Common Mullein (Verbascum thapsus)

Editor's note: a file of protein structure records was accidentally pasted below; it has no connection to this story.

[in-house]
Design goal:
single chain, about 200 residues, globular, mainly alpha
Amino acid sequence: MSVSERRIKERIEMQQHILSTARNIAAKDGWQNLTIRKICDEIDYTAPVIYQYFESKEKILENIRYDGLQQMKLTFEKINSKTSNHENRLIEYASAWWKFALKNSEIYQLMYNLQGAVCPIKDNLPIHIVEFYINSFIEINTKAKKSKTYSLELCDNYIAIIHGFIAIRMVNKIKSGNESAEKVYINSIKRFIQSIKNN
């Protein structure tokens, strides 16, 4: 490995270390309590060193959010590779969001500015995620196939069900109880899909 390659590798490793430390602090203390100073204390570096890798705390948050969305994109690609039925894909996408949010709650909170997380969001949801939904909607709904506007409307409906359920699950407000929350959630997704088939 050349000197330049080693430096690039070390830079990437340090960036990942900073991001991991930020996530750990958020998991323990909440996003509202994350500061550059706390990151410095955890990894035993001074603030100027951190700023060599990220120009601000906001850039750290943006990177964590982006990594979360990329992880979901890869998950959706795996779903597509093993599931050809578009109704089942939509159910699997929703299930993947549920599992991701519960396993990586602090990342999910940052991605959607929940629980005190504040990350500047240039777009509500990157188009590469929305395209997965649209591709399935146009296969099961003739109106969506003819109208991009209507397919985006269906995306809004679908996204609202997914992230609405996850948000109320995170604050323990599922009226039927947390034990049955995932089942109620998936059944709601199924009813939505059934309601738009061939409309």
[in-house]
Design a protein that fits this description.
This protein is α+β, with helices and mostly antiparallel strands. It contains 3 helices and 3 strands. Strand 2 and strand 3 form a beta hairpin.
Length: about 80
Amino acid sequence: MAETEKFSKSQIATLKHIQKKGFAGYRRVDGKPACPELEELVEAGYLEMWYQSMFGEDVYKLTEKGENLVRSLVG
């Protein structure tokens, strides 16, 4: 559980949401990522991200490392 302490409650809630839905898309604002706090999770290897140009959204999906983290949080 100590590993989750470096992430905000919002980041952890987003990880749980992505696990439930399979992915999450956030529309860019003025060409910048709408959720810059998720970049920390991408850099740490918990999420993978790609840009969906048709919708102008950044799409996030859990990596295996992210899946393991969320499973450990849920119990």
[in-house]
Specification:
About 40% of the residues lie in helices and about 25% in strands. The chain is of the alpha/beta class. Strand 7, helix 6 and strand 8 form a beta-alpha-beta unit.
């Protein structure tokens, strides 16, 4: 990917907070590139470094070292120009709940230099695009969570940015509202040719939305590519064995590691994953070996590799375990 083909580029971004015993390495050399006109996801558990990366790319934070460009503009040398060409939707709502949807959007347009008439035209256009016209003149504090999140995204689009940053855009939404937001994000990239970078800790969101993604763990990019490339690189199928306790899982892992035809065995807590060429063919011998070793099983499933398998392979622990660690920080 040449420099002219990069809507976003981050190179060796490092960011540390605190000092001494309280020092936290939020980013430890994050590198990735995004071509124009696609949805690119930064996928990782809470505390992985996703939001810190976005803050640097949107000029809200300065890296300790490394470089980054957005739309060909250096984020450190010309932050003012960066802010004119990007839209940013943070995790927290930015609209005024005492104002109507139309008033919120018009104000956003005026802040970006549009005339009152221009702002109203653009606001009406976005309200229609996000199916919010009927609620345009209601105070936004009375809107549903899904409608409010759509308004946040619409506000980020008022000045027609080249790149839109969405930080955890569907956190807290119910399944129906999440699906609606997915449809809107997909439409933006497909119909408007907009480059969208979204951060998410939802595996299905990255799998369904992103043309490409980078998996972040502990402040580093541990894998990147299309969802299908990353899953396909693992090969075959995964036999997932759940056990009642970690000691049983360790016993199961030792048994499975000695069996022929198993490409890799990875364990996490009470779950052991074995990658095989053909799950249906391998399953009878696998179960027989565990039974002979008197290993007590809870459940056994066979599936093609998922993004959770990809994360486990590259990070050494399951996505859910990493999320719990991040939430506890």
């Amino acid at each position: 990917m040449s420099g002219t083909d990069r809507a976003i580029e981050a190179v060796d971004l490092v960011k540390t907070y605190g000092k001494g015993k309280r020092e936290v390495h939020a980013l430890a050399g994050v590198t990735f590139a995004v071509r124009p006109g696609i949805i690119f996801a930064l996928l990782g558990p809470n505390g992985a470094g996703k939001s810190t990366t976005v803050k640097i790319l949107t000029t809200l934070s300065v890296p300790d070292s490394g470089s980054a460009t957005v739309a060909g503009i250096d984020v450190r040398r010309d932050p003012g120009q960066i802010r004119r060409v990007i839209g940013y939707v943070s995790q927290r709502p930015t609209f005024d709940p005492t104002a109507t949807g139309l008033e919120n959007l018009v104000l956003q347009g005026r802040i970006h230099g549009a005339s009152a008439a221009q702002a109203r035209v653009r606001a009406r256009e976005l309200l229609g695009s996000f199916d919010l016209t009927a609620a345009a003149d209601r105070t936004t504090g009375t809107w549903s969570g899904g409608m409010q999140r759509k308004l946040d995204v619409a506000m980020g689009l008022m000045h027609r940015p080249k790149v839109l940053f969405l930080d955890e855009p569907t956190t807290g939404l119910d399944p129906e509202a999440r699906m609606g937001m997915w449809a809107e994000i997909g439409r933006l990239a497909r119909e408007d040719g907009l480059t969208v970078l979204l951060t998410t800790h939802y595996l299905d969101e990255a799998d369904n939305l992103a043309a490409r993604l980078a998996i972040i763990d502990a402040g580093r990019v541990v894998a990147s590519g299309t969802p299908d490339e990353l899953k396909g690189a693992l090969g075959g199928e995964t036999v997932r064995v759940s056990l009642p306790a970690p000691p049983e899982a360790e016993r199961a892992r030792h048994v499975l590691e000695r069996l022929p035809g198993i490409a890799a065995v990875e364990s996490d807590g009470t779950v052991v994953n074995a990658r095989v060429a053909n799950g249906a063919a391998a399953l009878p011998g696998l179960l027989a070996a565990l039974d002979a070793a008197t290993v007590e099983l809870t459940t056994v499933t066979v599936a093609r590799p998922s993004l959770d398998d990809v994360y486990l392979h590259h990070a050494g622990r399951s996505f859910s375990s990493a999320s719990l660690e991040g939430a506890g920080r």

Comments:  "Naturalized from Europe, this biennial with very velvety leaves has long been used for many purposes. Roman soldiers purportedly dipped the flower spikes in grease for use as torches, and the leaves are still sometimes used as wicks. Native Americans lined their moccasins with the leaves to keep out the cold, and colonists used them in their stockings for the same purpose. A tea made from the leaves was used to treat colds, and the flowers and roots were employed to treat various ailments from earache to croup. The leaves are sometimes applied to the skin to soothe sunburn and other inflamations." Flowers June to September in fields and at roadsides. (NAS Field Guide to Wildflowers). Growing from a stone wall of the C&O Canal at North Branch, Allegany Co., Maryland (7/31/2005).


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